It might, depending on the amount, location, financial situation of the ghoul and context. A Visa gift card for $200 may be considered a boon to a recently created ghoul who's a college student. Less so to a ghoul who's been around for ten years and already has access to their regnant's cars and bank accounts. Season tickets to a hockey team's home games may also be appreciated. Unless they vastly prefer another sport entirely or going out to the movies.

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                  • #24
                    a $100 gift card to a fast food joint? to a ghoul thats overworked, and that you feel some small amount of empathy for?

                    or is cash possibly better?


                    oh? a Amaranth flower were giving to inform someone they'll be hunted for dialbriee soon?

                    does giving it anonymously or personally sound better?

                    problem with giving it personally, is they could report you to the Prince.
                    Last edited by Prince of the Night; 04-15-2018, 10:33 AM.


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                    • #25
                      The gift card would be appropriate in that circumstance. Cash may be appreciated more because that's food of their choice or gas, a utility bill, etc.

                      The amaranth flower would probably be construed as a warning more than a gift. Giving that anonymously may be safest politically for all involved parties.

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                      • #26
                        ideas how say, giving a revolver could have different significane then a dagger?

                        or a ornamental weapon different from a functional one?



                        Many gifts are meantt as iknnuendo


                        like in one game I: ran on Rpol of Princess the hopeful, a rather vaingglorious troubadour of spades was trying to reform a Acolyte

                        She tried to get him off her track by siccing him on a group of child porn distributors she also wanted taken down.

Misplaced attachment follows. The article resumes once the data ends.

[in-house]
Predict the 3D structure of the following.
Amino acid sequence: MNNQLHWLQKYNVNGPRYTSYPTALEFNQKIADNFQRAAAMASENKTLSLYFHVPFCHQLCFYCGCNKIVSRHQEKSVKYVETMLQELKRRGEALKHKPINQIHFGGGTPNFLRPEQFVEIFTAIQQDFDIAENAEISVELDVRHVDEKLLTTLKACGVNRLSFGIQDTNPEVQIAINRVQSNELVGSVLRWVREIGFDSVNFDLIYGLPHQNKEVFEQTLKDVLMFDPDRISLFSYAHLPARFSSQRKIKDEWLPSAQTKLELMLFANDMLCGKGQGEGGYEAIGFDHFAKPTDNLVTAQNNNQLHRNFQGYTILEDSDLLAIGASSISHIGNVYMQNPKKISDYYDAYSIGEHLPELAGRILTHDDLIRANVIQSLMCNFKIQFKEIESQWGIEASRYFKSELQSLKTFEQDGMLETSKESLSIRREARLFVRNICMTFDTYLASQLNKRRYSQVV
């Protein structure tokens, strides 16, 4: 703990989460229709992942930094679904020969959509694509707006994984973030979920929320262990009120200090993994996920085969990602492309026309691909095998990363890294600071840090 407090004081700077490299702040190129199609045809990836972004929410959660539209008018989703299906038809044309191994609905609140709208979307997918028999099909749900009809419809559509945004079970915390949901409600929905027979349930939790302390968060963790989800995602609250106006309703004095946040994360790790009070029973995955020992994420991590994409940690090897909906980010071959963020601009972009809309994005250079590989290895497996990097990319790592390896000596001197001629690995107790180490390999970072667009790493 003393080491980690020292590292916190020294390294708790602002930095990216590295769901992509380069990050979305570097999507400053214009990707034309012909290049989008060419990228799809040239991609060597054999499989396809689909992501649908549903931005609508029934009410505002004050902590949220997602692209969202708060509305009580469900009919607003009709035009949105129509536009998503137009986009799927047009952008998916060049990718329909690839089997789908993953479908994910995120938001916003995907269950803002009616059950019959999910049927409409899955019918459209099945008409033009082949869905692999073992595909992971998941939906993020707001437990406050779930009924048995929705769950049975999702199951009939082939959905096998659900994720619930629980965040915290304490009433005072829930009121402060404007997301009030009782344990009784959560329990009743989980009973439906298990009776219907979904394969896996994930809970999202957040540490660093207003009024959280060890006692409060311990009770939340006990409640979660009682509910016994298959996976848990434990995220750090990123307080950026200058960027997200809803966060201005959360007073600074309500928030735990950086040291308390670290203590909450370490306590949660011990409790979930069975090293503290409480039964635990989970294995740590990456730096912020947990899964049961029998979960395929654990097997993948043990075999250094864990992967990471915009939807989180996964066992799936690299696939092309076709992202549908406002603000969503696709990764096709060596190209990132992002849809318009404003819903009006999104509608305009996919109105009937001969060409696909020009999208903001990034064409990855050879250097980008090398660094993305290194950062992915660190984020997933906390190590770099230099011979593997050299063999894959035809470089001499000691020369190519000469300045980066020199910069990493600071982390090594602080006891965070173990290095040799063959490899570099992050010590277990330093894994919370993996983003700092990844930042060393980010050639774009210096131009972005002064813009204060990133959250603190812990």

but after managing to perform Cheval on him, she was able to find his real identity.

                        and gave him a Sanxian, of expensive make at his home address to let him know she knew his real identity now.

                        sadly the guy left before she could try aiming him at the chapel and the spear too.


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                        • #27
                          I personally don’t have characters give ornamental weapons as gifts except as an insult or threat. It’s construed as an insult in that you think their martial skill is so poor that they won’t notice the difference or their background knowledge in weapons collecting is shabby. That’s just my interpretation though. Other possible symbolic meanings

                          Dagger or a bottle of poison - an accusation of treachery
                          Sword - a formal declaration of war
                          Pistol(s) - formal challenge to duel

                          Sometimes the symbolism could be a personal exchange of insults. One of my characters was sent a pure silver gun from a rival. It was a replica of the one she kept well hidden in an ankle holster. (How he knew about it drives straight into the realm of his sexual predatory behavior) Shortly afterwards, she was reprimanded over unnecessarily risking an Invictus financial portfolio in retaliation for a public insult his childe had levied at her during kindred court. This rival pulled strings to ensure she was publicly censured as well. After orchestrating her retaliation for that, said rival was sent a silver bullet .38 caliber made from the same silver as my character’s replicated gun (melted down) with his name engraved on it. The next day one of his more influential organized crime boss retainers was arrested for racketeering. (And later shot before he could testify.)